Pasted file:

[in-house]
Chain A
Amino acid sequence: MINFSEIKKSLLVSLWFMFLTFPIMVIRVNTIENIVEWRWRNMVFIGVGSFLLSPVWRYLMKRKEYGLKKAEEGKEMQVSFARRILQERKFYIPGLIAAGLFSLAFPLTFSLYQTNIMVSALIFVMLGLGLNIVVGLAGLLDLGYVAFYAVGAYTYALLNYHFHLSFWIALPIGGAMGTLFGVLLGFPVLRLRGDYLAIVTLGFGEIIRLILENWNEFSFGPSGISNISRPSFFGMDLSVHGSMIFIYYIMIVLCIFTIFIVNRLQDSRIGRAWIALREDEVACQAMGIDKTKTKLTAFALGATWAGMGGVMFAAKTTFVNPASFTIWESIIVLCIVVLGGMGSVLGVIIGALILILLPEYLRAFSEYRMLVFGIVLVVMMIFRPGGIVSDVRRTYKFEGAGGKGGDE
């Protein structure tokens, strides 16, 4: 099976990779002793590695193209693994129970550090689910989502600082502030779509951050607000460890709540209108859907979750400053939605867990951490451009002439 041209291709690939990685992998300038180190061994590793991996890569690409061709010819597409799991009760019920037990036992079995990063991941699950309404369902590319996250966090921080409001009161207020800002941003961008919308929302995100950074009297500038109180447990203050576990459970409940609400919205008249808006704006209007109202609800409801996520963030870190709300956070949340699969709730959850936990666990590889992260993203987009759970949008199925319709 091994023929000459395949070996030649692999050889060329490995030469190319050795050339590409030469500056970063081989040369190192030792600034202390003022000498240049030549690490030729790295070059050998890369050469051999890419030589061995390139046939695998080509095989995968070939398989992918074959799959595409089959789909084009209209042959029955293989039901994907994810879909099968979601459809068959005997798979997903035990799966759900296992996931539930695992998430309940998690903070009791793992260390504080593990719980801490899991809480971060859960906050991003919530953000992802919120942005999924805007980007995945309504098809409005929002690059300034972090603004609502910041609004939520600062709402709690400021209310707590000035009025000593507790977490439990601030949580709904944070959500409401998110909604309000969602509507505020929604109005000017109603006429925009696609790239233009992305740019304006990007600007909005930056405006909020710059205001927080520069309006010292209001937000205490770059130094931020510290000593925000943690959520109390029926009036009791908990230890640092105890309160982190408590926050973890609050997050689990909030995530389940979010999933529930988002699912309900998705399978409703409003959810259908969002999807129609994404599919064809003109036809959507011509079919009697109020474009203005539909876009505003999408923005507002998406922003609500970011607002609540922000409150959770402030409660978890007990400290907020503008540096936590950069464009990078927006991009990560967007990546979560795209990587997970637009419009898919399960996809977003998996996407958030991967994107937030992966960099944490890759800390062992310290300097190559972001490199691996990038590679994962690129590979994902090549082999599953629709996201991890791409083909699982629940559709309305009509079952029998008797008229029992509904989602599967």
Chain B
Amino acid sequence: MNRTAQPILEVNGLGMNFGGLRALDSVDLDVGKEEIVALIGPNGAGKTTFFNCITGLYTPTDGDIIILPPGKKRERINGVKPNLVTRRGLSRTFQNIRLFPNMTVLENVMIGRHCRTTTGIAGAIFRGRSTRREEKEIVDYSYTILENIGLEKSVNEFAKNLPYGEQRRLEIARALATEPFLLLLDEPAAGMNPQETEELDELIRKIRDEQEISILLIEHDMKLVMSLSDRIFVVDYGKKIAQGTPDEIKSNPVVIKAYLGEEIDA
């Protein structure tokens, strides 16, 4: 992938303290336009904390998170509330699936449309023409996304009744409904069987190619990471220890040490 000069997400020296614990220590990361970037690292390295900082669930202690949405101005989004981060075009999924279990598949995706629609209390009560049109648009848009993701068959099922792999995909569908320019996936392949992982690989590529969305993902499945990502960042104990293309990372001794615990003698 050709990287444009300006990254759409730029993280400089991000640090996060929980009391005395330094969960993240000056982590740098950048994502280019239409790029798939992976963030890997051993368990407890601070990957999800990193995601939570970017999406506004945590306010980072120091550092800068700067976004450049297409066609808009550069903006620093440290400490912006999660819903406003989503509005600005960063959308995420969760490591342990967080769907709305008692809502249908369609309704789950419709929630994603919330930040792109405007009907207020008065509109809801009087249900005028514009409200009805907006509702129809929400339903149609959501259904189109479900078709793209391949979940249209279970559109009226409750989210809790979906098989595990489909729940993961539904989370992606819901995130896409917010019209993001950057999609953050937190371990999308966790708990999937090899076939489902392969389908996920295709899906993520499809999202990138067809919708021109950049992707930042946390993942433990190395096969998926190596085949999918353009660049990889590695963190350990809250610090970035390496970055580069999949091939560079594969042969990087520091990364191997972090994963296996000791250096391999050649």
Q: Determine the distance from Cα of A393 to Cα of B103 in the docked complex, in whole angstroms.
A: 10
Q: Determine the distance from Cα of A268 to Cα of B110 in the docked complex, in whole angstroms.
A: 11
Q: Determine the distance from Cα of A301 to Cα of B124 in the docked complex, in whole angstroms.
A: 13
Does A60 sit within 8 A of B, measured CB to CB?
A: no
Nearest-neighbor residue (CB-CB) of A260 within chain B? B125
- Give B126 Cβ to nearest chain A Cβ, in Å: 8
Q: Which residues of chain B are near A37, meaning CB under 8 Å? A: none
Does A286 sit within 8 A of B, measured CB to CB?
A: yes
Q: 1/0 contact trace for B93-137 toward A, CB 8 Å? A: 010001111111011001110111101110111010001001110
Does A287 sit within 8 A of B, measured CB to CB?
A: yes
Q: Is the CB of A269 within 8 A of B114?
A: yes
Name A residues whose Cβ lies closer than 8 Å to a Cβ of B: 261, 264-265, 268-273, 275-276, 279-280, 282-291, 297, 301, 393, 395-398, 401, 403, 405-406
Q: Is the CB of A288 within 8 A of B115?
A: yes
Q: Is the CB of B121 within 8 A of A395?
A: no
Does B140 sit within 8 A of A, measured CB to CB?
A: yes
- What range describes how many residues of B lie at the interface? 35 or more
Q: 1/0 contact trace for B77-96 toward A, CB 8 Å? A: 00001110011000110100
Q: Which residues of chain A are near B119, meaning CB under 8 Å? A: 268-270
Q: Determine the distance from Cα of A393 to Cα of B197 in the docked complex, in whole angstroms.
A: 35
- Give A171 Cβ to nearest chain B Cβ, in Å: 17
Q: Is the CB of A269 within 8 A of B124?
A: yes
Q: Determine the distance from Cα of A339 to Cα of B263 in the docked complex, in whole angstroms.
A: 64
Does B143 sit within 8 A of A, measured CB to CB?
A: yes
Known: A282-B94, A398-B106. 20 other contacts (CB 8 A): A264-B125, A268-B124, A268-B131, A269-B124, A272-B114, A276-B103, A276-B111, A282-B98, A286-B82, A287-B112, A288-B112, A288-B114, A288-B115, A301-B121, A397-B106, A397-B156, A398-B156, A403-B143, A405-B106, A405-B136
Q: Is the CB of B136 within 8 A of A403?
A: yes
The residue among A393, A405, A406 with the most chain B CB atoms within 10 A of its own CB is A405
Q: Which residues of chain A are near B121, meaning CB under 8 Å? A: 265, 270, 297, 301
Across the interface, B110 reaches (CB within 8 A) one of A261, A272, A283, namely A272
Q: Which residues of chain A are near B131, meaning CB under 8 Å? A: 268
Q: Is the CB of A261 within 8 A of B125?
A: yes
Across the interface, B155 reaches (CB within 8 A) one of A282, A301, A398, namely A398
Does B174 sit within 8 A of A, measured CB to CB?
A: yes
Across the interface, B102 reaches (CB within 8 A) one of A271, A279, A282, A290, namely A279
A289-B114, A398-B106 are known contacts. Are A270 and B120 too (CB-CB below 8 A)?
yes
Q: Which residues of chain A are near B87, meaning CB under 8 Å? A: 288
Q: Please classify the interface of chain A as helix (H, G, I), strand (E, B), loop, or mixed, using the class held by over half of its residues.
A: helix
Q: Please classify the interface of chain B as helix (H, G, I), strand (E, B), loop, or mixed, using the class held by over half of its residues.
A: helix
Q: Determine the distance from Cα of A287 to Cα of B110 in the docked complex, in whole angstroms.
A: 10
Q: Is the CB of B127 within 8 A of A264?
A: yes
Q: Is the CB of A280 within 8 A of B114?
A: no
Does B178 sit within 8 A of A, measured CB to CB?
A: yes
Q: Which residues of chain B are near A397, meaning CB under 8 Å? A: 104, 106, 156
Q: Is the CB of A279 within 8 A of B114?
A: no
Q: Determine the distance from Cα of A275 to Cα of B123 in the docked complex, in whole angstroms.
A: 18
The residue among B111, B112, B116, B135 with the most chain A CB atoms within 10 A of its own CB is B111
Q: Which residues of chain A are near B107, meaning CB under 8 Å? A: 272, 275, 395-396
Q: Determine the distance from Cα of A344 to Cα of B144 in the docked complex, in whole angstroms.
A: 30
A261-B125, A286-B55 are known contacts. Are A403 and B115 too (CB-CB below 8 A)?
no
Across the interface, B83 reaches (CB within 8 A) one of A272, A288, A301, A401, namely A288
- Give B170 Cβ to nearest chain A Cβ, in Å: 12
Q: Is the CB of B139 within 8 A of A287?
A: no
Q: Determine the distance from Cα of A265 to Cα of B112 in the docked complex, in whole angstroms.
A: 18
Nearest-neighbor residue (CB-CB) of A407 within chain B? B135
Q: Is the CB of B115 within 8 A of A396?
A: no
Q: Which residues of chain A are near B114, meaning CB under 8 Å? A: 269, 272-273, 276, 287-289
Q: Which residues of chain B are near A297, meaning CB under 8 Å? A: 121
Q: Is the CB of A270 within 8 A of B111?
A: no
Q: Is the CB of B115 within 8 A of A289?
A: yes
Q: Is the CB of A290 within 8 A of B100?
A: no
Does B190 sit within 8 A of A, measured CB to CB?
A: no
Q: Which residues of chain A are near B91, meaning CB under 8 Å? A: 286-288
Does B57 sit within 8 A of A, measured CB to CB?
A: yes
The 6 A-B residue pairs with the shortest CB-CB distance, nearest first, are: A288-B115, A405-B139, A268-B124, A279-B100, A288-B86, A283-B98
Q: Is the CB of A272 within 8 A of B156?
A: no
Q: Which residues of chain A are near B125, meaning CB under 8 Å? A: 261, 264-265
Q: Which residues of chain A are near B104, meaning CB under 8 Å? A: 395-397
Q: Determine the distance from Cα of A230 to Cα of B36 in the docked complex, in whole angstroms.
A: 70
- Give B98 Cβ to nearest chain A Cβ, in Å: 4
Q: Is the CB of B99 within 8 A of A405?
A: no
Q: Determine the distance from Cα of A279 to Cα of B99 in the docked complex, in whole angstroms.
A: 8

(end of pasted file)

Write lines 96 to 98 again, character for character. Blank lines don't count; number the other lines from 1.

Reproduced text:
A: no
Q: Is the CB of B115 within 8 A of A289?
A: yes